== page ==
Testing drug safety without patients, machines that are better than radiologists at detecting breast cancer, robots caring for the elderly…is this hype or the future? Dr Thad Woodard returns to guest host a program on artificial intelligence, robotics and your health on this edition of Line One: Your Health Connection. Thanks for listening!
International expert Karen Kleinman joins Line One for a discussion about maternal mental health and wellness. Thanks for listening!
Dr. Woodard interviews Sara Gorman, PhD, MPH about her book Denying to the Grave: Why We Ignore the Facts That Will Save Us to help discover the psychobiology of beliefs and decision making with emphasis on health decisions. Suggestions for all of us to improve our decisions on health issues will be discussed. Thanks for listening!
Monday, March 19, 2018, at 2:00 p.m. & 8:00 p.m. On this edition of Line One the emphasis is on the lifelong impact of early child brain development. We'll also take a deep dive into autism with Anchorage developmental-behavioral pediatrician Dr Siv Fasci. LISTEN HERE
Monday, January 12, 2018, at 2:00 p.m. & 8:00 p.m. Love comes in many forms. Be it romantic, social, or familial, experts agree that deep interpersonal connections are an integral part of our health and contribute greatly to our quality of life. On the next Line One, Clinical Psychologist, Dr. Jennifer Beathe returns to the program for a conversation about love and the power it has to help us heal, grow, and find meaning in our lives. LISTEN HERE
Monday, November 13, 2017, at 2:00 p.m. & 8:00 p.m. Questions about urinary wetting during the day or night, such as "when is it a sign of a serious problem?", or "what is abnormal?", and "how to help it resolve?", are not unusual for parents. On this program Dr. Thad Woodard and pediatric urologist Dr. Laura Merriman discuss bedwetting and urinary incontinence in the pediatric age group. LISTEN HERE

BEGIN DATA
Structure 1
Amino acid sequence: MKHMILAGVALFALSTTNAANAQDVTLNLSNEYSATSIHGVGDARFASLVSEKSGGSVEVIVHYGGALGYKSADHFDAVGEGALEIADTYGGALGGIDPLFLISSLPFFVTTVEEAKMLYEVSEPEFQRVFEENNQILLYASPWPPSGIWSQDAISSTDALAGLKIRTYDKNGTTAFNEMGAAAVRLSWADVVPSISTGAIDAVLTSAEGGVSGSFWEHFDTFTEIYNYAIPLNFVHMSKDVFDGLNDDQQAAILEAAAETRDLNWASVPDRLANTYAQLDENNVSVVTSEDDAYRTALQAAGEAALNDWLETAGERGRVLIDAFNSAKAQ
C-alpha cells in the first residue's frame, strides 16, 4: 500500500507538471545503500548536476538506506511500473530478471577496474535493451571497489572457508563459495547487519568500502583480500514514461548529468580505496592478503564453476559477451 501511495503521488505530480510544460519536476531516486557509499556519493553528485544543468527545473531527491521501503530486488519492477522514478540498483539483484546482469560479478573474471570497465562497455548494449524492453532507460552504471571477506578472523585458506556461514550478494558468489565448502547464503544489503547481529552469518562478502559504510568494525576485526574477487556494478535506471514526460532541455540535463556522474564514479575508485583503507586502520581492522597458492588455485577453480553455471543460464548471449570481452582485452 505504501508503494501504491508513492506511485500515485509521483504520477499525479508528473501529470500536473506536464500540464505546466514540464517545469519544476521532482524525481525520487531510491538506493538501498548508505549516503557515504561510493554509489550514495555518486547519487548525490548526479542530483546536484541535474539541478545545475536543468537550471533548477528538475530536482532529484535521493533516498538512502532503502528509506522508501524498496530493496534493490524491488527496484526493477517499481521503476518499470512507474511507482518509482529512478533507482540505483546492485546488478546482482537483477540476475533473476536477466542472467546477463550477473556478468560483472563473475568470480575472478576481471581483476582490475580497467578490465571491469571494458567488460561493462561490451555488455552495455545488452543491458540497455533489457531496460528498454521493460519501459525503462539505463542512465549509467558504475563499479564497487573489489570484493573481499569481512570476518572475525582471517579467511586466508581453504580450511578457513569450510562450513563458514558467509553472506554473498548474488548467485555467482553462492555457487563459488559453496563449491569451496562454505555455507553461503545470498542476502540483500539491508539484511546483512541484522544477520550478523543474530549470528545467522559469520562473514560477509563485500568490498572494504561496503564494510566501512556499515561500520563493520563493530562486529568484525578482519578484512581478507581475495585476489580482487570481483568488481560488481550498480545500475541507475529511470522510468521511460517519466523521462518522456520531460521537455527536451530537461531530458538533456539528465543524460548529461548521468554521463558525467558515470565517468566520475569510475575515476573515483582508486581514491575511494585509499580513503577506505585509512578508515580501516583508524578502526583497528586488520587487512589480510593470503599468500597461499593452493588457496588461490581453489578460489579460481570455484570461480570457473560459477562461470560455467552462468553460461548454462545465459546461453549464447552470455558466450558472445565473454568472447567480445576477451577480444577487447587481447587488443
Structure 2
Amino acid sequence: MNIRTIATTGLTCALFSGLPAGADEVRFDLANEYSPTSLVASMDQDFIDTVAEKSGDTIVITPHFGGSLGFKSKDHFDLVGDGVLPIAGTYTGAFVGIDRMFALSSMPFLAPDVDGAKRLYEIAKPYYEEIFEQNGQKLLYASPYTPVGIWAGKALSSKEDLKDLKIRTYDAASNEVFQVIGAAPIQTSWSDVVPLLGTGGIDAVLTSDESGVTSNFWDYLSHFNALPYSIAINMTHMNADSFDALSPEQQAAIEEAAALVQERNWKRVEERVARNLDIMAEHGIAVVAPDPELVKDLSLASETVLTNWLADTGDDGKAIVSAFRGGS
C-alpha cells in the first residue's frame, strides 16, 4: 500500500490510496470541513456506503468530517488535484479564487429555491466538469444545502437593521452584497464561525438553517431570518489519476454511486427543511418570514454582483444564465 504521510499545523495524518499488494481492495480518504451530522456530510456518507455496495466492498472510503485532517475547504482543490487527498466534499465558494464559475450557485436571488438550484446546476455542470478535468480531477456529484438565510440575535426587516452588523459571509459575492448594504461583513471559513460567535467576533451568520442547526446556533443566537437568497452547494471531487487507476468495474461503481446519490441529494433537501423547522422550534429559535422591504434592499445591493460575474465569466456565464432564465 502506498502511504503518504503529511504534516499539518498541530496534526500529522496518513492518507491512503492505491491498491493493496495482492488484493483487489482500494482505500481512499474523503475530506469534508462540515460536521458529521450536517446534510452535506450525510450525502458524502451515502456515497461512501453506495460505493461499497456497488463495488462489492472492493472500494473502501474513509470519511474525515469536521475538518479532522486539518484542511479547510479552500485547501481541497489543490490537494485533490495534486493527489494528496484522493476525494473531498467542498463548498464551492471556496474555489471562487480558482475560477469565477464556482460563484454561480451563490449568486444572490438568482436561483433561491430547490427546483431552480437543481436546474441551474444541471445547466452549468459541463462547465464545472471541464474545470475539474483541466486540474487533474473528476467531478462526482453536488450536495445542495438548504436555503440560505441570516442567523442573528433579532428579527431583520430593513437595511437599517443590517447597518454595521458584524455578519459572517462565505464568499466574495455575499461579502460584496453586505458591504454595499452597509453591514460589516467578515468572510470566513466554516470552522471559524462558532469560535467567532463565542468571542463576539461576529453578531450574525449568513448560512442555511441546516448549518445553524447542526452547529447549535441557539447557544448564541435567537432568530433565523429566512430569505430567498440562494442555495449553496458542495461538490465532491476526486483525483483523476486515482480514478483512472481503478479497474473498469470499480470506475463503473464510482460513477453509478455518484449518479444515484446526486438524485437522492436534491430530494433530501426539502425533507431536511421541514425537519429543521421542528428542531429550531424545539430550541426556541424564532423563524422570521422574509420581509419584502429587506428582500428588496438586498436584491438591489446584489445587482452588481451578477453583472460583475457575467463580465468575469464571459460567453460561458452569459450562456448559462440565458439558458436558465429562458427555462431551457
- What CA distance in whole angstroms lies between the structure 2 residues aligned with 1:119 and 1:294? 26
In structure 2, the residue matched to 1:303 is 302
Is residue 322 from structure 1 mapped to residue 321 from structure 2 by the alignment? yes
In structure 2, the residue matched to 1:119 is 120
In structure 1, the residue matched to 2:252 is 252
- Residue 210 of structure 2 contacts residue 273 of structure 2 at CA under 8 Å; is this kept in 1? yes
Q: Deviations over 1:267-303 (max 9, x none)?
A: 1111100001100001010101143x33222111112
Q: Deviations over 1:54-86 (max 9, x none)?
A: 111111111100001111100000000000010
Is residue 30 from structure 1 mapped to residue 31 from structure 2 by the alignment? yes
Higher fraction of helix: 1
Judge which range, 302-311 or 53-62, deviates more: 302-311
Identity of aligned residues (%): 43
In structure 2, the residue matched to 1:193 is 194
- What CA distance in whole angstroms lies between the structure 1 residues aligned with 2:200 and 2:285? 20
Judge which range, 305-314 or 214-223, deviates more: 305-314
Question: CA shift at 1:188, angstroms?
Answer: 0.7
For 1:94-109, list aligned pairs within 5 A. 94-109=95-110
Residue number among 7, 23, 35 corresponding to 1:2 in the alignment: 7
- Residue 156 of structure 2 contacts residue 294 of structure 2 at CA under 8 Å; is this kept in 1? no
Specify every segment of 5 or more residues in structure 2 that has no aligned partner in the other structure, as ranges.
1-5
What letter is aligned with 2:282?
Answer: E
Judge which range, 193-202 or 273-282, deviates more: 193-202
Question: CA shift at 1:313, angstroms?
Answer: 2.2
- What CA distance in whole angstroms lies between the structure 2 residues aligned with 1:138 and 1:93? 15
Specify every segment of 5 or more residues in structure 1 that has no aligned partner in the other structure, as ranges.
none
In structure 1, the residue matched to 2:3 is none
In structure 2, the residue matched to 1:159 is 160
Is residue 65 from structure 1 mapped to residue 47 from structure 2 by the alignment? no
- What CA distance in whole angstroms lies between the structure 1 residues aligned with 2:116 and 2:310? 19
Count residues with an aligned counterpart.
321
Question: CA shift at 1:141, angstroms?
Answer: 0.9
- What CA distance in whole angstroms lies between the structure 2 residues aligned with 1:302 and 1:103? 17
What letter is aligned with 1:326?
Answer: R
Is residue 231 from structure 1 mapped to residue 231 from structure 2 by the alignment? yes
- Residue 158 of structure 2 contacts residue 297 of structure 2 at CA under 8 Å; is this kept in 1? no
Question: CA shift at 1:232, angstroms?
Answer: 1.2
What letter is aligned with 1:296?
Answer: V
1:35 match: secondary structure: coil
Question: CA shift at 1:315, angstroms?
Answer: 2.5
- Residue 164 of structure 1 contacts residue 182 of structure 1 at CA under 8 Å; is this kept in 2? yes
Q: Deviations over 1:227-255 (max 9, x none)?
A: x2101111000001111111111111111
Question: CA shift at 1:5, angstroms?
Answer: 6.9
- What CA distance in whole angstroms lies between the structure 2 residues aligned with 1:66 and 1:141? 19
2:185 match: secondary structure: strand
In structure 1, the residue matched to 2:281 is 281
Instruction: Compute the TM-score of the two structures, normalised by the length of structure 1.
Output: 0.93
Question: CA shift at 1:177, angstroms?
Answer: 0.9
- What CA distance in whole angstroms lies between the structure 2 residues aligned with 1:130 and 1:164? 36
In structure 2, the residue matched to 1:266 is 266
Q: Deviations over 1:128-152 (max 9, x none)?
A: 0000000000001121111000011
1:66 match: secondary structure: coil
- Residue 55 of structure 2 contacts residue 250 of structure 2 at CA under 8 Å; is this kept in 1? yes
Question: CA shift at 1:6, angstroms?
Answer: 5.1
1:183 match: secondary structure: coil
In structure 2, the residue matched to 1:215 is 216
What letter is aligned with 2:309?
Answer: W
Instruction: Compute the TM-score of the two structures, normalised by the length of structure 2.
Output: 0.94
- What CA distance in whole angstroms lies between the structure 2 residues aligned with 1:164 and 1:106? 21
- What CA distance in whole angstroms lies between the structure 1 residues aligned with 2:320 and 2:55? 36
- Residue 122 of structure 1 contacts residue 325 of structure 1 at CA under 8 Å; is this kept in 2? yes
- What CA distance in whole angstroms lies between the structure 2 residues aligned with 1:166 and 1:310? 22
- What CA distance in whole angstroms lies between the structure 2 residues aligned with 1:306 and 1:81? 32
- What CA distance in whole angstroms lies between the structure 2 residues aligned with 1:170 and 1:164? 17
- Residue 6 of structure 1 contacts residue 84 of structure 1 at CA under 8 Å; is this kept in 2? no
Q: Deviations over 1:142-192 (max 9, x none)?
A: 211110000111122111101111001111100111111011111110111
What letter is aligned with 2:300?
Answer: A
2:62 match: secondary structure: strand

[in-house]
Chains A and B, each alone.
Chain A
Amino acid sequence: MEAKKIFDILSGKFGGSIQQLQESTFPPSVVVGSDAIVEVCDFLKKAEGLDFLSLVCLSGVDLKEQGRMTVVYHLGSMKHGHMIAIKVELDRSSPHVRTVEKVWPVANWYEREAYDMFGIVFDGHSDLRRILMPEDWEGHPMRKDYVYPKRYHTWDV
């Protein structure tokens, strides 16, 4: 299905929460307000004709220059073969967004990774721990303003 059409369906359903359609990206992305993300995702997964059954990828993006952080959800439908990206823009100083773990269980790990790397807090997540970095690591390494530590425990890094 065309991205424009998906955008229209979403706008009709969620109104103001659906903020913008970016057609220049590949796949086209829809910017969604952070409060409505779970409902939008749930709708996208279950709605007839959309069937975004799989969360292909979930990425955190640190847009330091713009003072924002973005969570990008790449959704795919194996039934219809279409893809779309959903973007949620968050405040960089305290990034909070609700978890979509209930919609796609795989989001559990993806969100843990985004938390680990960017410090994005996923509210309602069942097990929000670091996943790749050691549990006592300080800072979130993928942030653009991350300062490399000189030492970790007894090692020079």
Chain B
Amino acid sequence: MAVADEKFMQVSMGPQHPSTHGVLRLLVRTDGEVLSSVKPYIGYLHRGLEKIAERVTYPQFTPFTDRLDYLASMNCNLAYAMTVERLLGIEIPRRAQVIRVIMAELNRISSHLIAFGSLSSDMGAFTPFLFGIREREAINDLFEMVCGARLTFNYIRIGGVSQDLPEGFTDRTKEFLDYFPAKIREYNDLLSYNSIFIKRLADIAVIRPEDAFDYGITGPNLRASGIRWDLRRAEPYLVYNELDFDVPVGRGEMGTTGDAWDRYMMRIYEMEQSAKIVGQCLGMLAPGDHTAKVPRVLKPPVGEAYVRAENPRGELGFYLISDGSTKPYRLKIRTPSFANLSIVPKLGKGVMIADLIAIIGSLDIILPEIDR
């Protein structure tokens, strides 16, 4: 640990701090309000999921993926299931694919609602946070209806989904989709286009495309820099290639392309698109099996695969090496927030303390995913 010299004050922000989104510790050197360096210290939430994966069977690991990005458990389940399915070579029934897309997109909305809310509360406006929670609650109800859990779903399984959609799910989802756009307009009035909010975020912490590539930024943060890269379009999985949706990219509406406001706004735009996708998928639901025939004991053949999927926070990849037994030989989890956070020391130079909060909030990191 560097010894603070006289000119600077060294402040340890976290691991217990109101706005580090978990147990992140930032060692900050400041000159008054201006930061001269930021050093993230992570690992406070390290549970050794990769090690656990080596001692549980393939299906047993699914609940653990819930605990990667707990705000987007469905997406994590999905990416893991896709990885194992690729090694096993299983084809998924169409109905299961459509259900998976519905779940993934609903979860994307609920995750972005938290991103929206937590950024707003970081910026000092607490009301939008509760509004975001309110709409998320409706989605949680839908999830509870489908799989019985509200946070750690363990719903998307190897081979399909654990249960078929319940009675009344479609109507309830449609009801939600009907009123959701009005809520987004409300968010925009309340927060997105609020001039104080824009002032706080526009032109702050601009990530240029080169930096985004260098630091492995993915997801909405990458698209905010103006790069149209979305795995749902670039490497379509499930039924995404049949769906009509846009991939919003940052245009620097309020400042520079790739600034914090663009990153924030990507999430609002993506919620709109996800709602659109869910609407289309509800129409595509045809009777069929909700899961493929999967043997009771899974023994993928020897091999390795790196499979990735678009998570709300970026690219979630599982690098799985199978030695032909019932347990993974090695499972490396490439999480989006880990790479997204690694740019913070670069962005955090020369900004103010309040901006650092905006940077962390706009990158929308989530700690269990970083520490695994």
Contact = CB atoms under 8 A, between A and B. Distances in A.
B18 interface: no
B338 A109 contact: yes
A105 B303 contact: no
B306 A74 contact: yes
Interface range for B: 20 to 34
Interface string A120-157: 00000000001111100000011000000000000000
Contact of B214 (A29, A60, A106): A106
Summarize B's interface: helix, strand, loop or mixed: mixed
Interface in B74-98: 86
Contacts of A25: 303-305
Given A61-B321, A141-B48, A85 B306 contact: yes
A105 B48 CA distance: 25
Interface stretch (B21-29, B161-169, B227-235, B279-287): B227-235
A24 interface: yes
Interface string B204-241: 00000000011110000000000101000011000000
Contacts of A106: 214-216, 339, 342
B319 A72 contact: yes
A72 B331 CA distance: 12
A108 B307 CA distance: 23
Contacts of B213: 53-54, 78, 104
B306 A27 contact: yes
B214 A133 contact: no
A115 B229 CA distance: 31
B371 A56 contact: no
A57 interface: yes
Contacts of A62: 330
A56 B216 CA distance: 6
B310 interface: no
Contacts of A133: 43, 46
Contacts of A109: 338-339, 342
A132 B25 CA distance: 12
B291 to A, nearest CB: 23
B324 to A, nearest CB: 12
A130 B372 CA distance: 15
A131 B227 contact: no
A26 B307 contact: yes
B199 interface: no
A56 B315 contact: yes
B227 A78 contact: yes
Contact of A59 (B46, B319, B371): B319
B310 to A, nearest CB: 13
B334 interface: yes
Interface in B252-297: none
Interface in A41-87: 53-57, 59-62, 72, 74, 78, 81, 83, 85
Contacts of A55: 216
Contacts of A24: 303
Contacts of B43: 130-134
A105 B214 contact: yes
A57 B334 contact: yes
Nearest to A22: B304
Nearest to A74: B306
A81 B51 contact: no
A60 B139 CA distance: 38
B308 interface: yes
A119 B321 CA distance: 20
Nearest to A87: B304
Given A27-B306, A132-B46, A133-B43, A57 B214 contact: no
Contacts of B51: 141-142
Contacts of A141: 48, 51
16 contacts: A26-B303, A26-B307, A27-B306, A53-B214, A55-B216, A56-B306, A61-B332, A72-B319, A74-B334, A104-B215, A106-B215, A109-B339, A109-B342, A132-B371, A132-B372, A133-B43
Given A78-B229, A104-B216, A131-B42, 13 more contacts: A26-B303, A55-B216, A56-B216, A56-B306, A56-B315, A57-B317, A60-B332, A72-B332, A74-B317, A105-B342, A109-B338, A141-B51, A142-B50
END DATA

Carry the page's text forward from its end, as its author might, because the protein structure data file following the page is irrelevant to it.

Monday, April 17, 2017, at 2:00 p.m. & 8:00 p.m. Electronics, the internet, smartphones, and social media have changed the landscape for teens and added a new dimension for parents of today’s tech savvy teens. Join Host Prentiss Pemberton and award winning documentary filmmaker, Dr. Delaney Ruston, as they discuss her latest groundbreaking film SCREENAGERS. LISTEN HERE
Monday, April 10, 2017, at 2:00 p.m. & 8:00 p.m. On this program we open phone lines and email for listener questions on health, health care, mental and behavioral health for co-hosts Prentiss Pemberton, LCSW and Thad Woodard, MD. They will do their best to provide or help you find reliable information on your question. LISTEN NOW
Monday, Feb. 23, 2017, at 2:00 p.m. & 8:00 p.m. On the next Lin One we'll be discussing colorectal cancer. We'll hear from a survivor as he shares his experiences with surgeries, screenings and treatment. You don't have to be afraid of the process, and he'll be with us to tell you why. We'll also have a local pathologist on the show to talk about treatment and screening options here in Alaska. LISTEN NOW
Monday, August 08, 2016, at 2:00 p.m. & 8:00 p.m. Modern humans evolved 200,000 years ago yet our immediate environment hardly changed until the onset of the industrial revolution about 250 years ago. Daily our genes, our skin, our respiratory tract, our intestines, our brains are exposed to relatively new substances compared to exposures for 200,000 years. What are the effects on our health? LISTEN NOW